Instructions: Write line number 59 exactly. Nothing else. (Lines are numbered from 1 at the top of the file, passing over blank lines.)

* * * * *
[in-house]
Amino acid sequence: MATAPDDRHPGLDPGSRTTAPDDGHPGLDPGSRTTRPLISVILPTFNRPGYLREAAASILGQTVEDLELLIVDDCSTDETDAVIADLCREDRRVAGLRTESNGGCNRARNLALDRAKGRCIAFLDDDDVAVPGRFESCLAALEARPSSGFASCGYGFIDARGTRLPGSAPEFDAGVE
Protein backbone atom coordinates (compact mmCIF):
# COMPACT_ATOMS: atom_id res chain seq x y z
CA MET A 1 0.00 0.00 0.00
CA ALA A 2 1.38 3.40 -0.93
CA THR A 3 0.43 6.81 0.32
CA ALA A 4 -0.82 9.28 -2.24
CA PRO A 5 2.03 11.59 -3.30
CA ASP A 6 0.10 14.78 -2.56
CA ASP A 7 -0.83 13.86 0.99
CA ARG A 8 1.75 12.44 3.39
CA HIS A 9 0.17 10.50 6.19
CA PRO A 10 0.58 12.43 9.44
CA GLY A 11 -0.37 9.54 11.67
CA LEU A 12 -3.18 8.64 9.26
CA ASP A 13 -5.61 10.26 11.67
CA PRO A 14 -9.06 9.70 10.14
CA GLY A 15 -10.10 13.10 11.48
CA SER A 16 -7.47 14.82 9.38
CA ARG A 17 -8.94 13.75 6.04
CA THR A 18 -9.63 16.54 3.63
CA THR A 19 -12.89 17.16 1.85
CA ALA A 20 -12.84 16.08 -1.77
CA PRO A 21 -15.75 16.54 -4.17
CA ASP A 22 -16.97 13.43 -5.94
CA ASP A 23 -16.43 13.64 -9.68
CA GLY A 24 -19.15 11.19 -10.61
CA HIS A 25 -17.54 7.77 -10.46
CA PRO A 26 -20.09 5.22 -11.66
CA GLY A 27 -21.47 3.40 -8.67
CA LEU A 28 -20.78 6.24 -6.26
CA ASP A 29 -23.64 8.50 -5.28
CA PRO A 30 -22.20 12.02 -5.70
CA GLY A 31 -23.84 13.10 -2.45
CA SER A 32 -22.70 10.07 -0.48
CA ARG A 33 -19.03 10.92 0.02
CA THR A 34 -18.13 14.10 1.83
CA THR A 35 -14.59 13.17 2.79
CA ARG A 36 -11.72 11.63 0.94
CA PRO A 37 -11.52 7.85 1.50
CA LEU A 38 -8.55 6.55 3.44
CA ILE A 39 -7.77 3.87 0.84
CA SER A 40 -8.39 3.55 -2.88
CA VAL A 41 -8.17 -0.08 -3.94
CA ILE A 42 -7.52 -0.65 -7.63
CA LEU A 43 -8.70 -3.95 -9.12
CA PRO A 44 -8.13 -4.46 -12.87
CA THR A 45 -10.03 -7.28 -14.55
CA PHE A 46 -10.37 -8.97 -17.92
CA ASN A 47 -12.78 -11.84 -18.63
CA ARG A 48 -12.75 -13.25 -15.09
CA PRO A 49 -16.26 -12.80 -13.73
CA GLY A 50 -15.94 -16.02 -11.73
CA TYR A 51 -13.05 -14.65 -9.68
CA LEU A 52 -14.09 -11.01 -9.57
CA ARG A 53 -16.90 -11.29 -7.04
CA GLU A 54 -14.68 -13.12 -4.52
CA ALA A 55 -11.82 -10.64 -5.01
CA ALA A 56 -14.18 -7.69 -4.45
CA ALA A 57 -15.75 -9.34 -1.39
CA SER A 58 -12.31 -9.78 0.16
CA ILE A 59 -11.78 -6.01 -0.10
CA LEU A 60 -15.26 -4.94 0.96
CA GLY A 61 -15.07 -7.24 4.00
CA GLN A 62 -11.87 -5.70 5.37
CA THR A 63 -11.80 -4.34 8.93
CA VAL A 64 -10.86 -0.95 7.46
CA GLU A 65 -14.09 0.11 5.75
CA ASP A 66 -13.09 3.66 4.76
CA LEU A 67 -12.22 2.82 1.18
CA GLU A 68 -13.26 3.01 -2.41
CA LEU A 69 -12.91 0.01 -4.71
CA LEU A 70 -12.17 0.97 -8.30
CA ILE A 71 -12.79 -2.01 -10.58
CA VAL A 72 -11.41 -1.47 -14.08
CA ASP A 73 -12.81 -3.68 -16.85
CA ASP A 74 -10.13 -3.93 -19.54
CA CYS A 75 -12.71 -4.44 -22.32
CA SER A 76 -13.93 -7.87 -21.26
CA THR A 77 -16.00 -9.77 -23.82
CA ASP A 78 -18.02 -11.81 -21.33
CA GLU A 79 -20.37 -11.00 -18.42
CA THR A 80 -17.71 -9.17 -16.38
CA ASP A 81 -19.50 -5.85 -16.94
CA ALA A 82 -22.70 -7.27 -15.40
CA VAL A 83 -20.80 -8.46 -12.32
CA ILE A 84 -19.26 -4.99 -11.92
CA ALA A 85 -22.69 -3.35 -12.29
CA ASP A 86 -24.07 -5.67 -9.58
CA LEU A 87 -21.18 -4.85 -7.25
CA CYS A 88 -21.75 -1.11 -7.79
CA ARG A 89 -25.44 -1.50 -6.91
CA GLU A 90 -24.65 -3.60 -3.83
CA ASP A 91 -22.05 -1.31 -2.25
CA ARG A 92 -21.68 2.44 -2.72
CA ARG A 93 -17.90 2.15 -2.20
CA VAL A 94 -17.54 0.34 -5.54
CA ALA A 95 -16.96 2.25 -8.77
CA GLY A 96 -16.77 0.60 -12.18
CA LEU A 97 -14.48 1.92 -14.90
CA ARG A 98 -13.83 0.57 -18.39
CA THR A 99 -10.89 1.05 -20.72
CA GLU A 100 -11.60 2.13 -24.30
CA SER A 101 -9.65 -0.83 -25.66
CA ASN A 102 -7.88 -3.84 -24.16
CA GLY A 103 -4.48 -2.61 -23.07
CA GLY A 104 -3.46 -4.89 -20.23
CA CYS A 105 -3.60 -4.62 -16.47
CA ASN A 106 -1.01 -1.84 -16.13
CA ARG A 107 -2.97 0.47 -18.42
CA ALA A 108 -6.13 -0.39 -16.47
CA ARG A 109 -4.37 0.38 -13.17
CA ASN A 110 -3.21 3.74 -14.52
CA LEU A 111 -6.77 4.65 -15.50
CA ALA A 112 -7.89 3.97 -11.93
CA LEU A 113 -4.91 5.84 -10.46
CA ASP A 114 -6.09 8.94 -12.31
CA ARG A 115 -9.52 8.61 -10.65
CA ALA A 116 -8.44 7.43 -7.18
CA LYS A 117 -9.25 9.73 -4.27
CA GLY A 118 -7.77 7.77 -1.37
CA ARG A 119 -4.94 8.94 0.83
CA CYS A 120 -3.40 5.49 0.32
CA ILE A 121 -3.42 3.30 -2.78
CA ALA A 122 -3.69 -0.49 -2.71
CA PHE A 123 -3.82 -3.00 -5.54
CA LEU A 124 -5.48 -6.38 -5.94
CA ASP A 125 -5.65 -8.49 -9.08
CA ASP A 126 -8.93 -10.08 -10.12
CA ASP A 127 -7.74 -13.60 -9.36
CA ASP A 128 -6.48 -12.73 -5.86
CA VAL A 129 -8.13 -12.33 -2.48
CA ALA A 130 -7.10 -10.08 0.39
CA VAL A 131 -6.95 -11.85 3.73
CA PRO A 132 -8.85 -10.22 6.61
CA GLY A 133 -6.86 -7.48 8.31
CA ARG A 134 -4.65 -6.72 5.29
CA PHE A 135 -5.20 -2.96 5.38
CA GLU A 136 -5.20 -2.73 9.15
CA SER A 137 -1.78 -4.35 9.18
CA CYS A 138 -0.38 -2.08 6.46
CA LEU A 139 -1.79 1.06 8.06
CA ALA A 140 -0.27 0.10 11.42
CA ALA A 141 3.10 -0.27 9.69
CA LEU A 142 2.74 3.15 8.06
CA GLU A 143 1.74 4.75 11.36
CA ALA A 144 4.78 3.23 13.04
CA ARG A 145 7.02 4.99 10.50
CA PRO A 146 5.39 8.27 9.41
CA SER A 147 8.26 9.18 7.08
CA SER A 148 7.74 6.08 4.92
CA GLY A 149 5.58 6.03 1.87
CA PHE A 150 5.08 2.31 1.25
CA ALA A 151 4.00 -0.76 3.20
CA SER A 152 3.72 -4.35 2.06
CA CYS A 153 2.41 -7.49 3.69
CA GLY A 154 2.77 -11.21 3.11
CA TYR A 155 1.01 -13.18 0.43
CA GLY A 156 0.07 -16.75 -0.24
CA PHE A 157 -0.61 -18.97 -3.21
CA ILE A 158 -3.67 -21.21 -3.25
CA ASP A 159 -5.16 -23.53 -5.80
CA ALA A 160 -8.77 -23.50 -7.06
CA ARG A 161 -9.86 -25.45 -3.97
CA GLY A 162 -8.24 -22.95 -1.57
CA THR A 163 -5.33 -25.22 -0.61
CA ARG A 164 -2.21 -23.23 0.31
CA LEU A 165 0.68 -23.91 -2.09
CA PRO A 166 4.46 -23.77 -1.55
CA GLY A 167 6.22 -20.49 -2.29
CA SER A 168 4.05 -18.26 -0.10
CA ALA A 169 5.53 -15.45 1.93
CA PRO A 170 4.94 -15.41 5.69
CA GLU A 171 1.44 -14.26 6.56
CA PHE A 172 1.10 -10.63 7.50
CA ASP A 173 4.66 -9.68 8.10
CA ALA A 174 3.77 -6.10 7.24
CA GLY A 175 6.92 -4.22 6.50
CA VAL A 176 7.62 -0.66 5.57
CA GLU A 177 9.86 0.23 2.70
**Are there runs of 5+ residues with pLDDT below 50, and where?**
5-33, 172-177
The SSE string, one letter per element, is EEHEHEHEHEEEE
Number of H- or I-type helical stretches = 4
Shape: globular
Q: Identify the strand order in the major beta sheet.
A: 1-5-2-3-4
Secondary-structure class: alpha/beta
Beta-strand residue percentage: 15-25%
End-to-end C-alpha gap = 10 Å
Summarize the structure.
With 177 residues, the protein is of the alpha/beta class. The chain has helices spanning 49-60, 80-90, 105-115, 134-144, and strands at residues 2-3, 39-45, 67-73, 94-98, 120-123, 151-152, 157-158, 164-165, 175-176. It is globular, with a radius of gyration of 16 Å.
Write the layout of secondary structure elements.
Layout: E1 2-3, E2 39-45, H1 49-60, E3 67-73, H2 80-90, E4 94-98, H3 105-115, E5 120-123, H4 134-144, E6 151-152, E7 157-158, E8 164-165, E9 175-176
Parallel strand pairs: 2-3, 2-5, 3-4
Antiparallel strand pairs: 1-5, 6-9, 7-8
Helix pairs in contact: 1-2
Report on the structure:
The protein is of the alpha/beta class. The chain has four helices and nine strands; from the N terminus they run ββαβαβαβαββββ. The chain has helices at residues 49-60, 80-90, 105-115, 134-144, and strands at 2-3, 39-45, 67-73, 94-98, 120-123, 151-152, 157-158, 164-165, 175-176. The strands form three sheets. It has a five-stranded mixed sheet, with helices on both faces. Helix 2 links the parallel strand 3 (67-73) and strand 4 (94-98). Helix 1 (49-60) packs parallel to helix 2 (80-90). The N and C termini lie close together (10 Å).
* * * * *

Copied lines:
CA ALA A 55 -11.82 -10.64 -5.01